Did Your Last Child Move Out Of The House? 3 Tips For Coping With Empty Nest Syndrome
Posted on: 30 October 2017Share
The day your last child moves out of the house is a momentous occasion, and it is common to discover that you have mixed emotions. On one hand, you may be excited to enjoy this next phase of watching your child progress into adulthood. However, it's also a big transition anytime someone moves out of your home. Having your last child move out represents a significant change in your role as a parent, and you can use these tips to cope with the challenges that come with adjusting to life with an empty nest.
Stay in Touch
While your nest at home may be empty, you still play a powerful role in your child's life as their parent. Plan opportunities to meet with your child regularly or talk to the phone. Maintaining your connection helps you to remember that your child still relies on you for advice, and hearing about their joys and challenges reassures you that your child still needs you for support. Staying in touch with your child also lets you get to know them in a new way that allows you to be proud of raising a well-adjusted adult.
Reach Out for Support
After a child moves out, it is normal to require a little adjustment time. You may find that you miss seeing their cheerful face each morning, or you may feel sad when they are not there for dinner. However, you should take note if the feelings of sadness linger too long or deepen into depression. If you experience prolonged negative emotions or find it hard to cope, then reach out for support from the people around you. Tell your friends and family members that you are struggling, and attend mental health counseling sessions, such as at Community Counseling Group, where you can vent your emotions and learn how to cope in this new stage of life.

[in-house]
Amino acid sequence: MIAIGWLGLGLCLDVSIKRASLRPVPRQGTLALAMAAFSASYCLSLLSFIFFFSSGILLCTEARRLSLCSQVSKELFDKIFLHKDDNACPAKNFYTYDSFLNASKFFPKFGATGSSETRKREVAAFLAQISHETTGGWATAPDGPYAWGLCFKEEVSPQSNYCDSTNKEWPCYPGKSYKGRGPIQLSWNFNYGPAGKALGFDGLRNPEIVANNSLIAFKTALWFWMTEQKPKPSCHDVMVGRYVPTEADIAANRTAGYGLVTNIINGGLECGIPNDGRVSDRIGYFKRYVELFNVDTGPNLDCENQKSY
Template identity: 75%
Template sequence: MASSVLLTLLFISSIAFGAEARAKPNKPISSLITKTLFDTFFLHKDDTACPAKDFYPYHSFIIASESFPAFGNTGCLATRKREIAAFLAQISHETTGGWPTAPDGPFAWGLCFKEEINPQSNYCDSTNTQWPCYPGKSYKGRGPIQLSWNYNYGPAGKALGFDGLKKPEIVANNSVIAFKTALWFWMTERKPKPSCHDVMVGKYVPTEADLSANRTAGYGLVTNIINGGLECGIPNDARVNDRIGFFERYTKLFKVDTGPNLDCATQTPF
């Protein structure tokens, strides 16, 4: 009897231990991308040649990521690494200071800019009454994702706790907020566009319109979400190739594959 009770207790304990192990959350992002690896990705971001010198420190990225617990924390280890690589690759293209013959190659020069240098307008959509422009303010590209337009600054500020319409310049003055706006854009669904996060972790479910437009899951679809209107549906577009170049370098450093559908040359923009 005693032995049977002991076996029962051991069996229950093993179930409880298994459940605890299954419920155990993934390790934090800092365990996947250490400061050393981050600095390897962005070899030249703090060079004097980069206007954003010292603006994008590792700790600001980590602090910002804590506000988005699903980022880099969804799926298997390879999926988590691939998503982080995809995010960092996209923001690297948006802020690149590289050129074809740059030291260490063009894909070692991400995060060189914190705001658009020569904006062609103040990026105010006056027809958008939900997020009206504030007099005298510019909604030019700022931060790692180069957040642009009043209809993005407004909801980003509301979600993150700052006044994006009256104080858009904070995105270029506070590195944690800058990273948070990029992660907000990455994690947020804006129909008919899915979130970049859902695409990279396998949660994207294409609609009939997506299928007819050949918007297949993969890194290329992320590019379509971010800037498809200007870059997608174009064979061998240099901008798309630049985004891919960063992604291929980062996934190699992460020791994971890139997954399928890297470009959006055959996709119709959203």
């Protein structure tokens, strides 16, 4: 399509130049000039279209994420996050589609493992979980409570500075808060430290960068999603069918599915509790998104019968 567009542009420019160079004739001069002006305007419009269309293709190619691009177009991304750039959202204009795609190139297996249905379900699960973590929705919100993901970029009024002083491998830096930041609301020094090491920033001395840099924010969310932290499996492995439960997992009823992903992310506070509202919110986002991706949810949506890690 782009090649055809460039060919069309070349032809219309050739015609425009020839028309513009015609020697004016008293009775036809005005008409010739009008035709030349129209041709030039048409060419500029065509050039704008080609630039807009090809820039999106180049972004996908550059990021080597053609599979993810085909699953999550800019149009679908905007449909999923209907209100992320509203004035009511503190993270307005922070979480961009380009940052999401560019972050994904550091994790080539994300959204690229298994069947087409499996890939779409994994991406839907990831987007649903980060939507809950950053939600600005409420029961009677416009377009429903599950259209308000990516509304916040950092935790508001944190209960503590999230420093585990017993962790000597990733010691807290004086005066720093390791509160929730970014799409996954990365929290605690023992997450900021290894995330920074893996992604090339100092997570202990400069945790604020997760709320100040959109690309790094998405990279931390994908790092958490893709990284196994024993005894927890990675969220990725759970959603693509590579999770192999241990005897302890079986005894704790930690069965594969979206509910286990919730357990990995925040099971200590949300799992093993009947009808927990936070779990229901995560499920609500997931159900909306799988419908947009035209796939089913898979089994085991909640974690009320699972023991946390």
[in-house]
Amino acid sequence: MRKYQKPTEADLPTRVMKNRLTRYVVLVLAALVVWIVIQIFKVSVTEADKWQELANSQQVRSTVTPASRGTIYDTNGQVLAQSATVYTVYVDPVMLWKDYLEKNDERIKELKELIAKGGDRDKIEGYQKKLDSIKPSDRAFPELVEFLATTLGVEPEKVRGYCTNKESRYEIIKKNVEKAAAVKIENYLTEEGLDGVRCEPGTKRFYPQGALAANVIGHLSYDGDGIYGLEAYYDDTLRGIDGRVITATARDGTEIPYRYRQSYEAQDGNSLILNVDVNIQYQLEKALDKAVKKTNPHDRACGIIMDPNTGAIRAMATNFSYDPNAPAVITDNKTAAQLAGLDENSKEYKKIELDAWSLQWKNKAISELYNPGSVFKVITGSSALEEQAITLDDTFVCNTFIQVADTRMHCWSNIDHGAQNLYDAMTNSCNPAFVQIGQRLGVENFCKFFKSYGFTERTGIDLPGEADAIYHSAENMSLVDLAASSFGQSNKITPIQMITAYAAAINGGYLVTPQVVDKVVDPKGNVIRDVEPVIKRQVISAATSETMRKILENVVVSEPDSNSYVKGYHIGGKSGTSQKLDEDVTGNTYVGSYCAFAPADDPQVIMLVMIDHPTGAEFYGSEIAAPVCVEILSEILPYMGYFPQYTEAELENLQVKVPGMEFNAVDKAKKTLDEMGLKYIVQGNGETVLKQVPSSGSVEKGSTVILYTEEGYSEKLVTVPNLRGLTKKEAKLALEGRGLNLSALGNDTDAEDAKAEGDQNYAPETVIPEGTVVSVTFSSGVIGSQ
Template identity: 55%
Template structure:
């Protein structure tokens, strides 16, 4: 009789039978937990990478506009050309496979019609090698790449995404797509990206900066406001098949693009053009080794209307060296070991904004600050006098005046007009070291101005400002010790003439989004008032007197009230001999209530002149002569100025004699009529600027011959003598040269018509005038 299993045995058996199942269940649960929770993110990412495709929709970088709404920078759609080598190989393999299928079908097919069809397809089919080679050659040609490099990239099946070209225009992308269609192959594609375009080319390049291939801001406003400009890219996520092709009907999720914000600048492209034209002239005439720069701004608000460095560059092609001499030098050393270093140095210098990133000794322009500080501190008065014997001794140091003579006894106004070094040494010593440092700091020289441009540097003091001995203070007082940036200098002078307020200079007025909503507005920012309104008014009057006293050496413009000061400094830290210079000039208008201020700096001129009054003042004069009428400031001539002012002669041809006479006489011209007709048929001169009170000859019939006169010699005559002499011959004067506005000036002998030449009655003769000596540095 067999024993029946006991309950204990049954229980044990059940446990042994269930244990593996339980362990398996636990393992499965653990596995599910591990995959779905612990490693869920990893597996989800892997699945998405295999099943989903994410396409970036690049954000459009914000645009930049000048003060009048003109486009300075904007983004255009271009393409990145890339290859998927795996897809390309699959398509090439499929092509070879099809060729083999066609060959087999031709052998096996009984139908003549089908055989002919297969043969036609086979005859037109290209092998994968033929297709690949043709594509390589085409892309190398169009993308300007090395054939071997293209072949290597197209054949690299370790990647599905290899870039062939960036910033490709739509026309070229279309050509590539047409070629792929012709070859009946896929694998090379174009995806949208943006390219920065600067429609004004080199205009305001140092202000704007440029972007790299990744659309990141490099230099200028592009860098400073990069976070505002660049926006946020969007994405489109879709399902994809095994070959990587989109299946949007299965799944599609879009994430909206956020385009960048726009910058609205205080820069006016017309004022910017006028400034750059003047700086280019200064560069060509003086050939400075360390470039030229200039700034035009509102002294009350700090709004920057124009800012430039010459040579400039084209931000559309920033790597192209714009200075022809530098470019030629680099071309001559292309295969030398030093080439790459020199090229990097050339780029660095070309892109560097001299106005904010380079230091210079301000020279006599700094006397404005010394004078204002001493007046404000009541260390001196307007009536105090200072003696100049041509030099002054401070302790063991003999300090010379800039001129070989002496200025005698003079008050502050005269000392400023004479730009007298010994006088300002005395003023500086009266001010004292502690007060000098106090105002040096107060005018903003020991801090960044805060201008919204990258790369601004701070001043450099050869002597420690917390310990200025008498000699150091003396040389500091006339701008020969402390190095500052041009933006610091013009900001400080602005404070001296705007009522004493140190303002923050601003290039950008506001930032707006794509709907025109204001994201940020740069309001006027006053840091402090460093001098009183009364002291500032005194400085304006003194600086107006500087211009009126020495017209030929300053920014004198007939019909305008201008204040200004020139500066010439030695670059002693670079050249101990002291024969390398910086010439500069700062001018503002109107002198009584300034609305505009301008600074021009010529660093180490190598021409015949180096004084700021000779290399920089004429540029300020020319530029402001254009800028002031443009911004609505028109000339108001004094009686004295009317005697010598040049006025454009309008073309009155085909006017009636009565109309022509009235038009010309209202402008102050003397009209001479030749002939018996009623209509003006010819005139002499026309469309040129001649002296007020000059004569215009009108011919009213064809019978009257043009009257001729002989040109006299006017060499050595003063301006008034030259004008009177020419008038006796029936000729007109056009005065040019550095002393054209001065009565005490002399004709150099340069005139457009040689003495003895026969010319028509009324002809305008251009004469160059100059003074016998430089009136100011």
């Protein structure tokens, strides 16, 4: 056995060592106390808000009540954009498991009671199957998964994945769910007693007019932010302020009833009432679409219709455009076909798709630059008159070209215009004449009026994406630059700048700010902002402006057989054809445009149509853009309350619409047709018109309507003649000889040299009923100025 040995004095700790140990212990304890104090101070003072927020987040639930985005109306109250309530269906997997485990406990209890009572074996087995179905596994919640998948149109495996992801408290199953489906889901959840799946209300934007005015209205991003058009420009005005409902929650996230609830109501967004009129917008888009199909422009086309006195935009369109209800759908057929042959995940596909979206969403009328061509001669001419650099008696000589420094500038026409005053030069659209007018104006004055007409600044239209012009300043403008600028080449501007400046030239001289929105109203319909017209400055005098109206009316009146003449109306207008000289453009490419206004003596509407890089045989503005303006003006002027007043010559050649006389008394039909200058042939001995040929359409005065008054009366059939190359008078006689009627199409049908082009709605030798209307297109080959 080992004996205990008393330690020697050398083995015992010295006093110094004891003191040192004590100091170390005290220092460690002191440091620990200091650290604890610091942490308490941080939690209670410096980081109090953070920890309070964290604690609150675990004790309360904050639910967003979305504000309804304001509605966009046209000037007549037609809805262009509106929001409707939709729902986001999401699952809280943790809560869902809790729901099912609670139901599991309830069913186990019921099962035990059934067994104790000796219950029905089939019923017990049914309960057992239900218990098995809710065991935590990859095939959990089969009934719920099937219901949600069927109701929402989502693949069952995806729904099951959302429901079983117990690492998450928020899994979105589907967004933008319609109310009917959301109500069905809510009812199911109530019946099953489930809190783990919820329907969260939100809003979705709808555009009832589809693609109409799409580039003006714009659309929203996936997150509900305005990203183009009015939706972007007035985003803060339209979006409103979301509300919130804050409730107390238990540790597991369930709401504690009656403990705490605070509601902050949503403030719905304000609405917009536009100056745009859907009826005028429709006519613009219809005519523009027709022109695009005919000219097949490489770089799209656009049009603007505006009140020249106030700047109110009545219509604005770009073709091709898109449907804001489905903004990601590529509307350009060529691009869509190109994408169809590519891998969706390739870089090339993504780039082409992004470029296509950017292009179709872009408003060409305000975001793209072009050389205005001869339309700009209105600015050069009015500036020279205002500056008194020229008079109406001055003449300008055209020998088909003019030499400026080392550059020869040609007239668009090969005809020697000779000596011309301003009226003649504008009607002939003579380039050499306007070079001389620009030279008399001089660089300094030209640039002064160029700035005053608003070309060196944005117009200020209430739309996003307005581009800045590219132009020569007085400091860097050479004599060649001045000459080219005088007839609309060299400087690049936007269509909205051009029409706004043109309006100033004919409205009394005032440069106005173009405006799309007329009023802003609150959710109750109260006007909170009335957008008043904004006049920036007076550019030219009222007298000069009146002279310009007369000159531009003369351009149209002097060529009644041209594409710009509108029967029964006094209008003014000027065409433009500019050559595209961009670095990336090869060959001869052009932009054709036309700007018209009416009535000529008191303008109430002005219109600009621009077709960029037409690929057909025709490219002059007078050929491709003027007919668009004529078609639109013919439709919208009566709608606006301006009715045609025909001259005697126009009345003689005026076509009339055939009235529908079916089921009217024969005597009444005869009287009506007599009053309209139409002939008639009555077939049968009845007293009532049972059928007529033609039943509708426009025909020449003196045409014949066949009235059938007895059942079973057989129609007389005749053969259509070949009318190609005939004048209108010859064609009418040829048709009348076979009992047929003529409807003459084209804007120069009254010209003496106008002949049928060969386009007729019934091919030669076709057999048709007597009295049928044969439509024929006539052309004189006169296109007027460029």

Create New Opportunities for Growth
Parenthood requires making sacrifices to help your child mature into a well-functioning adult, and their leaving home opens up time in your schedule to explore new interests. Think about a few things that you have always wanted to try such as painting, or get back into an old hobby that you let go years ago. Finding positive ways to fill your time helps ease negative emotions while giving you a new reason to embrace life as an empty nester.
An empty nest does not mean that you are no longer needed. Instead, this is a new phase in your life where you can watch your child unfold their wings and thrive as an adult. By caring for yourself during this time, you can adjust and learn how to embrace your new role as a parent of an adult child.